Now that school's out, Triangle folks head for the beach to mark the real beginning of summer.
Like homing pigeons, most beachgoers tend to flock to the same surfside spot year after year. On the other hand, some sample a different shore each vacation, from Corolla to North Myrtle Beach, and still feel they are coming home to the same Carolina coast. I'm one of those who has tried many of the coastal towns in North and South Carolina, and find I come back to the same two with affection and continuity: Ocracoke Island and Wrightsville Beach. Wrightsville is so close to Independent readers' territory that we feel it is almost ours—just right for a day trip, and perfect for travelers who may have to zip back for a day or two of work while the rest of the family or group soaks up an entire week. And what could be better than sand between your toes, outdoor music, long walks in the surf—and seafood?
In her April 2009 feature titled "Sea Change," Gourmet magazine writer Jane Daniels Lear says she found the best food of her entire Outer Banks trek on Ocracoke Island, calling the takeout at my favorites, Café Atlantic, Flying Melon and Thai Moon, as good as it gets. We are lucky indeed to have so many dining options, but we have something else, too: If our week of surf and sun isn't coming until end of summer, or we can't go at all this year, we can bring the taste of the beach home. Fresh North Carolina scallops, local tomatoes, freshly made basil pesto (from your own container garden) and young onions or scallions come together in the sunny recipe below, reprinted with permission and my tweaking, from the Café Atlantic Cookbook.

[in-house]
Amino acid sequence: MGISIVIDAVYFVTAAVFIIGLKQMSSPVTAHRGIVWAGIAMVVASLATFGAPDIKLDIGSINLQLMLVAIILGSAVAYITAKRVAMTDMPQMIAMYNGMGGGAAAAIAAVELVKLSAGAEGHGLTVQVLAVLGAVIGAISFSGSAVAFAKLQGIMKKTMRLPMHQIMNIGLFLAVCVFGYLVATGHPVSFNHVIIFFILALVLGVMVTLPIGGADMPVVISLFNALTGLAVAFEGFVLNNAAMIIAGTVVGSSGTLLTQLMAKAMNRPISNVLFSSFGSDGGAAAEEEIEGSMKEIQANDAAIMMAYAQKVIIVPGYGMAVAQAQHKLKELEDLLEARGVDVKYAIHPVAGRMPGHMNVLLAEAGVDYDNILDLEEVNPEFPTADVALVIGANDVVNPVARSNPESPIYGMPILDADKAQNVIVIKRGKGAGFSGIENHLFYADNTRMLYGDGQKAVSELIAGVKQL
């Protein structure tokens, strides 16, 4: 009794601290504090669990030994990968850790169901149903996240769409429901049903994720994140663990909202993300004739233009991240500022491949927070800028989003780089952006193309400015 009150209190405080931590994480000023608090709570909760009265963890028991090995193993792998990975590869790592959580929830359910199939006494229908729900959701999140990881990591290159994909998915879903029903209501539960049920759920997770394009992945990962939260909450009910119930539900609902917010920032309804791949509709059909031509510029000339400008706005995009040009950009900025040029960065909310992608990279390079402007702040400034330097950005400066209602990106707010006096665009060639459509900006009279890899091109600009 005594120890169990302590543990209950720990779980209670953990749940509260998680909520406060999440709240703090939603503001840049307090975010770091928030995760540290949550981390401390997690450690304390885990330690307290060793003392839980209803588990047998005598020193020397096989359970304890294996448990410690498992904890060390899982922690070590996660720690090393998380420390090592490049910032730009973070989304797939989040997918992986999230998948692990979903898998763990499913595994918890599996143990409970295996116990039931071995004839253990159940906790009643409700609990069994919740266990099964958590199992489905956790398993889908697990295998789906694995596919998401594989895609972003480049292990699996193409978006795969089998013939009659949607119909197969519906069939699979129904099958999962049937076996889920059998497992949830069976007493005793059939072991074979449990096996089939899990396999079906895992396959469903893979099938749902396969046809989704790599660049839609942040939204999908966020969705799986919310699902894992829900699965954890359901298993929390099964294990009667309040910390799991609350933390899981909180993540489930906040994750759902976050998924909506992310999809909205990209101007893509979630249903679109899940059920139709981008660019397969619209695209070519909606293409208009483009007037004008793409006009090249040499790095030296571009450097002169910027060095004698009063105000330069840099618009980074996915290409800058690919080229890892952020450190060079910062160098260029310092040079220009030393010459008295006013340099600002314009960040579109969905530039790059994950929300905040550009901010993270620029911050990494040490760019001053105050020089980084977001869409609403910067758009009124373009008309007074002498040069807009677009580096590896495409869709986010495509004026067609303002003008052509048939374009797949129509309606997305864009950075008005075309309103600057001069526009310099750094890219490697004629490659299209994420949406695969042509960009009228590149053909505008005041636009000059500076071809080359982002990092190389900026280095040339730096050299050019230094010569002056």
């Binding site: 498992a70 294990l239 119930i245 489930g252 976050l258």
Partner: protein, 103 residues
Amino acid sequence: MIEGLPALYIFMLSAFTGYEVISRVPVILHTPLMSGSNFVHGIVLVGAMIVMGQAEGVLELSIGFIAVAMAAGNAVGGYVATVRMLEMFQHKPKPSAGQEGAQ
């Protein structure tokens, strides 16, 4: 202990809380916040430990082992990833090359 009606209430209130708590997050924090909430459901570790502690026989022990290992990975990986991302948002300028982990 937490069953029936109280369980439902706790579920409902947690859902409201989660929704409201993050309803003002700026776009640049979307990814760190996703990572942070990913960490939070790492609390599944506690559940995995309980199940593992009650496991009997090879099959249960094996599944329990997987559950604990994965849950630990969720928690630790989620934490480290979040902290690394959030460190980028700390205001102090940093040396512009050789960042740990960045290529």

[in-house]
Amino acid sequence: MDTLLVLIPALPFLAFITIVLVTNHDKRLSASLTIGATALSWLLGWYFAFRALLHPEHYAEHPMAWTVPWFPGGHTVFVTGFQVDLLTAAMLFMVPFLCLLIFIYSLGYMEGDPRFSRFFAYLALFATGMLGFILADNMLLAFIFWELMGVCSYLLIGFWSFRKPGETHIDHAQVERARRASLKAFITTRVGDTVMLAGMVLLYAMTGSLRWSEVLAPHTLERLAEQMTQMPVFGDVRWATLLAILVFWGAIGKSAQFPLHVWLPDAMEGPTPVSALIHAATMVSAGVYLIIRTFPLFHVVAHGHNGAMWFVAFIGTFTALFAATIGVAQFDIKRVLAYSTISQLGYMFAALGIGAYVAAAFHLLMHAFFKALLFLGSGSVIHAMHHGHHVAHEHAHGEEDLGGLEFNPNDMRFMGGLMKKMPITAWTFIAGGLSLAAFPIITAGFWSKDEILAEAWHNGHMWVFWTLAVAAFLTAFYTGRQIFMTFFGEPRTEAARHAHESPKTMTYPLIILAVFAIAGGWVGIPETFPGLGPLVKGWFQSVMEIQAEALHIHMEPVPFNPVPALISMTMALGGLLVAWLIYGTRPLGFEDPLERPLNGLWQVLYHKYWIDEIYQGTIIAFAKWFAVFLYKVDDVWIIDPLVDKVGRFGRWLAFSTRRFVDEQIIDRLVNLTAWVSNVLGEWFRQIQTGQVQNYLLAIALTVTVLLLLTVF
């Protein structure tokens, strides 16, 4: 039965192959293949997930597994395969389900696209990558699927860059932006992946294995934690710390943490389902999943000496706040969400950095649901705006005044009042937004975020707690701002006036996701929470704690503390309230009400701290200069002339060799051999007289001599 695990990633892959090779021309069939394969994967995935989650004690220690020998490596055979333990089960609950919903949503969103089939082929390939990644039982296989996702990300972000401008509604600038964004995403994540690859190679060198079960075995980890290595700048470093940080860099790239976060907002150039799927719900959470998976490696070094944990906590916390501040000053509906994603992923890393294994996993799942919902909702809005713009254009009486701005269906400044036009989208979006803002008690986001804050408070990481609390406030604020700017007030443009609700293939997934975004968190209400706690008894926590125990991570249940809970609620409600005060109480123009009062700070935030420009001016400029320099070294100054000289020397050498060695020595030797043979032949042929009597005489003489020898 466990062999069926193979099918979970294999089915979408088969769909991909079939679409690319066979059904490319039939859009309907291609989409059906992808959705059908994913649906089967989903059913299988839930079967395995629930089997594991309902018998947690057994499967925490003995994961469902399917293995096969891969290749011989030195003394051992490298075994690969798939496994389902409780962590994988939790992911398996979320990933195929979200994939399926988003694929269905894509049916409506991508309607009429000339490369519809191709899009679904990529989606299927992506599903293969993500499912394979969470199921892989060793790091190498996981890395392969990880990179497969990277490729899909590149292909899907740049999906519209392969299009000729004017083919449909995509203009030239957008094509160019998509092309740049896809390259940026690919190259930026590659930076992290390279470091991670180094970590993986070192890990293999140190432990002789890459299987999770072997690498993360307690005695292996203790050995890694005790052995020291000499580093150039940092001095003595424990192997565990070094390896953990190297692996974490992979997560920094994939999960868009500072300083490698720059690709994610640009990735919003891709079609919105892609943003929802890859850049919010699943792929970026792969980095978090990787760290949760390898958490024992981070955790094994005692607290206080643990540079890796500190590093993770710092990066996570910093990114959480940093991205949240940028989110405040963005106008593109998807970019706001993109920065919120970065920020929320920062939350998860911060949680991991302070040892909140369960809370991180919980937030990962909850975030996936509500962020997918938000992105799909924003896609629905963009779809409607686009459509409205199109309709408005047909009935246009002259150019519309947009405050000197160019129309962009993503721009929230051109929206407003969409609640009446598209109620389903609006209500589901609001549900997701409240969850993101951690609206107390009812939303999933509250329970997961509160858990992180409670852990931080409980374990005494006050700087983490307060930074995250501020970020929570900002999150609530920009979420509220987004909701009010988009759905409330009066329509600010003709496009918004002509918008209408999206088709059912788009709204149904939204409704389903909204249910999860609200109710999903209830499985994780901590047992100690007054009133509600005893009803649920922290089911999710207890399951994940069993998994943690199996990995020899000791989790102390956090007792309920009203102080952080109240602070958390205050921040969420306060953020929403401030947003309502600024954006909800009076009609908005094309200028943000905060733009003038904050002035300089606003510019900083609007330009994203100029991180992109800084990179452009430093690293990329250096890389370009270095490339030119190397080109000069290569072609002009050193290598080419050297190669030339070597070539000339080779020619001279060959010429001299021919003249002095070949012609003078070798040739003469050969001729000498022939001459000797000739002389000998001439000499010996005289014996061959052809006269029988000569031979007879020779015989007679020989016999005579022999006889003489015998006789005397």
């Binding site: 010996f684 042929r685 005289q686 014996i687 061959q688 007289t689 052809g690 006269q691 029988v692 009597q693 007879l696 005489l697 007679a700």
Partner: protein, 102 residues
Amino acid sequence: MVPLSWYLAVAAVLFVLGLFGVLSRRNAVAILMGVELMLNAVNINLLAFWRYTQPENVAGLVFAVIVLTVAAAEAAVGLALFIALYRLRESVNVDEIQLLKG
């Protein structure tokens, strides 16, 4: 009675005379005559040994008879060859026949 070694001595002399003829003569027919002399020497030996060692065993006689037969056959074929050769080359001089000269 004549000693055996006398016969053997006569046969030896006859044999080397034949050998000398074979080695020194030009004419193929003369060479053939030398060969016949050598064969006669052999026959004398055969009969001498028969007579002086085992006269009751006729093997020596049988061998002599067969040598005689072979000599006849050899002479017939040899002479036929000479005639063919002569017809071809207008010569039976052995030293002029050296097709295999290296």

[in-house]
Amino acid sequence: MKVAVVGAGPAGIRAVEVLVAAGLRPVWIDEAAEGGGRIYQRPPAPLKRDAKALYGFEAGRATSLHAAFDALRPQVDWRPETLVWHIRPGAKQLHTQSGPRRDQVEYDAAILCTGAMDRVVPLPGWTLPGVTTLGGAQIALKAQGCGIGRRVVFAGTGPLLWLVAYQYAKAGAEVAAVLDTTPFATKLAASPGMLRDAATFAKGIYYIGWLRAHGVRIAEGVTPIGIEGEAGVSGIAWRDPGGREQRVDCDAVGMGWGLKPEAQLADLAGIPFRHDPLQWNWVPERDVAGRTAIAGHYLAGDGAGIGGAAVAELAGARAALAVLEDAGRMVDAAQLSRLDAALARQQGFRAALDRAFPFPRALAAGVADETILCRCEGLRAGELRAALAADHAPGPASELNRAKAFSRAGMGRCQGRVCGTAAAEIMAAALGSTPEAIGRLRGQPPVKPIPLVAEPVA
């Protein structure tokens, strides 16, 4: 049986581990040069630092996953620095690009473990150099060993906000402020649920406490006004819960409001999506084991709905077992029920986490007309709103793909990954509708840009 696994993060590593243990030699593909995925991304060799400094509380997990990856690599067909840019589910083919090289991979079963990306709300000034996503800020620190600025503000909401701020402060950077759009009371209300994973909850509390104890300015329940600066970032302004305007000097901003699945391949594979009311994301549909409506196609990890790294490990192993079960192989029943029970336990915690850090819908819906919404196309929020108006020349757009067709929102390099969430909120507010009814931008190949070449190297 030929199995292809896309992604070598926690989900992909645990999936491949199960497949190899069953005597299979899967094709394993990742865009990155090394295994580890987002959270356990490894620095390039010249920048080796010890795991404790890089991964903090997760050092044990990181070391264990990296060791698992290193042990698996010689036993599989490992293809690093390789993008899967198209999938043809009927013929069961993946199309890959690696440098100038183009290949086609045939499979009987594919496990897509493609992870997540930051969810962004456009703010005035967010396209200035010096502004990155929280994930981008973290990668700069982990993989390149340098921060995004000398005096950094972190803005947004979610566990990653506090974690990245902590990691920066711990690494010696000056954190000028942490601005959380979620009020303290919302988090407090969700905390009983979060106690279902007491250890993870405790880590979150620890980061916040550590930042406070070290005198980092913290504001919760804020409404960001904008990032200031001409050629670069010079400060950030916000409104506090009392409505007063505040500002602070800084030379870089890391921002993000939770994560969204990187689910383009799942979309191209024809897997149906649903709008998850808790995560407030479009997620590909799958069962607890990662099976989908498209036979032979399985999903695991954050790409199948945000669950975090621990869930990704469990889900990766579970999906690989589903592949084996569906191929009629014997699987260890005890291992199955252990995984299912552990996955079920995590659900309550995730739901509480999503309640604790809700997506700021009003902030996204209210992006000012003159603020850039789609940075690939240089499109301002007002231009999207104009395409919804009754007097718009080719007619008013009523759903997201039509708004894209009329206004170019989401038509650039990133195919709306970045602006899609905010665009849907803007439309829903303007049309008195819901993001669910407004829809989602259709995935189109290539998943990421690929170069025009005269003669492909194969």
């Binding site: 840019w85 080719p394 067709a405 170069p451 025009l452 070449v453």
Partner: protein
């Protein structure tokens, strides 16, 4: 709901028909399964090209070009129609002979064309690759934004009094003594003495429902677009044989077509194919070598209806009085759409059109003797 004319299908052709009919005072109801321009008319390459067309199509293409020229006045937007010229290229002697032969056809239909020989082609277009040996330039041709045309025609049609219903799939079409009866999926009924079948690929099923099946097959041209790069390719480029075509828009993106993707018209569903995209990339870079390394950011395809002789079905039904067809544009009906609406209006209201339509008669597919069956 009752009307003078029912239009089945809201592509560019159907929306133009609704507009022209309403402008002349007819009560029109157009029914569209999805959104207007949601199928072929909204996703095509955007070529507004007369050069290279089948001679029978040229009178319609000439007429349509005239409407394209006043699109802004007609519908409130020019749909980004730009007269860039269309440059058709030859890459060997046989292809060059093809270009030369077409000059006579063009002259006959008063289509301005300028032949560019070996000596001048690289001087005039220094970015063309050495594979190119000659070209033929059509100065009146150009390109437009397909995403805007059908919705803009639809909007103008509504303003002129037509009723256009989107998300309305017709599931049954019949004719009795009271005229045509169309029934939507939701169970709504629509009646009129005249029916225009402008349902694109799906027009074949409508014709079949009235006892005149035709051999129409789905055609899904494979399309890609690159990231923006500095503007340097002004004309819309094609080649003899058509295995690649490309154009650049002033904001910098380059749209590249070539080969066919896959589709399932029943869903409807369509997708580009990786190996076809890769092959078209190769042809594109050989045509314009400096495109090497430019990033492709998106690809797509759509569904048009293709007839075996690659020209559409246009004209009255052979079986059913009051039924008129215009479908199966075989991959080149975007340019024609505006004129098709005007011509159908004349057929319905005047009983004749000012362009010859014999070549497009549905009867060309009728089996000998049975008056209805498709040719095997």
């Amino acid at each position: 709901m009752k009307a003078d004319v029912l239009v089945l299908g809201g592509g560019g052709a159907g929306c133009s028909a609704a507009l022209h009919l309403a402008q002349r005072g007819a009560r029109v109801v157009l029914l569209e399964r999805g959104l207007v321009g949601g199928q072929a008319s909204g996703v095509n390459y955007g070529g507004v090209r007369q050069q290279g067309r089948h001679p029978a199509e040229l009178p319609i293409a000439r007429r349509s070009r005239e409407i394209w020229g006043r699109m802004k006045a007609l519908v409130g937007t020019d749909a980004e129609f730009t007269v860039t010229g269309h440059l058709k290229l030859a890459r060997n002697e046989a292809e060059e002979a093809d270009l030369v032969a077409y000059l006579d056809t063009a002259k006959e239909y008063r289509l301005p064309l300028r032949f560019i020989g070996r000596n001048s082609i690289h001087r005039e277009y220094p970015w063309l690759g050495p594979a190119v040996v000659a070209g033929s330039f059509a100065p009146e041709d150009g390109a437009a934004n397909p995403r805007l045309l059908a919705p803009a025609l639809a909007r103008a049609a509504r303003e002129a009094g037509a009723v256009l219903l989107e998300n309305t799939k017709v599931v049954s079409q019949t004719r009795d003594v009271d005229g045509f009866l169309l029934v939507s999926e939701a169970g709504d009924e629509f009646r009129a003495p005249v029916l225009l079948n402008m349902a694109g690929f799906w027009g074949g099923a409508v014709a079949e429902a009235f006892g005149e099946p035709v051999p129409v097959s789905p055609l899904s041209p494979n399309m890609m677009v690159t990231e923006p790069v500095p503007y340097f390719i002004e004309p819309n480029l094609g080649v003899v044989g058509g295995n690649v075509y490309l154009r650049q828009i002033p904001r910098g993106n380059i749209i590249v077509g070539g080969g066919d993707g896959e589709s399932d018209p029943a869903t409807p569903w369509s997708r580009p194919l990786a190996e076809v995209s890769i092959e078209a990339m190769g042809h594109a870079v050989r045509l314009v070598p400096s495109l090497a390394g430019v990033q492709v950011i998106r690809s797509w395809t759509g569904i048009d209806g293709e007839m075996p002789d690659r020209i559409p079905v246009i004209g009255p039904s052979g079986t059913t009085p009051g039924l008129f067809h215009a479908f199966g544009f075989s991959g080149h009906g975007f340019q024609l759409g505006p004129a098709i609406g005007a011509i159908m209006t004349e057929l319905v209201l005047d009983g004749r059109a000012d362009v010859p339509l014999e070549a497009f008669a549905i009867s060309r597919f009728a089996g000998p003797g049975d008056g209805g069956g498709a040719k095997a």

I first ate at the café in the summer of 1990, with my baby daughter giggling through sample tastings from the restaurant high chair. I marveled at the freshness and inventiveness of the seafood, side dishes and even the hot rolls (now baguettes) that came with the meal. I've eaten there every trip to Ocracoke since, and the flavors and freshness have never wavered from excellent. So, when Gourmet singled out its specialness, I felt a sense of pride: I could've told you that. In a recent phone interview with Bob Toth, co-chef and owner with his wife, Ruth (author of the cookbook), he said they were pleased with the national coverage, and they'd be equally pleased to share their recipe with the Indy. Chef and visual artist Debbie Wells, former owner of Ocracoke's Back Porch Restaurant and Wine Bar, created the dish especially for the café.
When my husband made this as a surprise dinner one night recently, we discovered by accident that sautéing the scallions ahead of time, with the bacon, and setting them aside to be returned to the skillet at the end, again with the bacon, added nicely to the slight crunchy texture. The amounts of butter and olive oil you need for sautéing will vary depending on how wet your scallops are; we used two tablespoons each after patting the scallops dry. We also served it with sturdy hot French bread for mopping up the juices.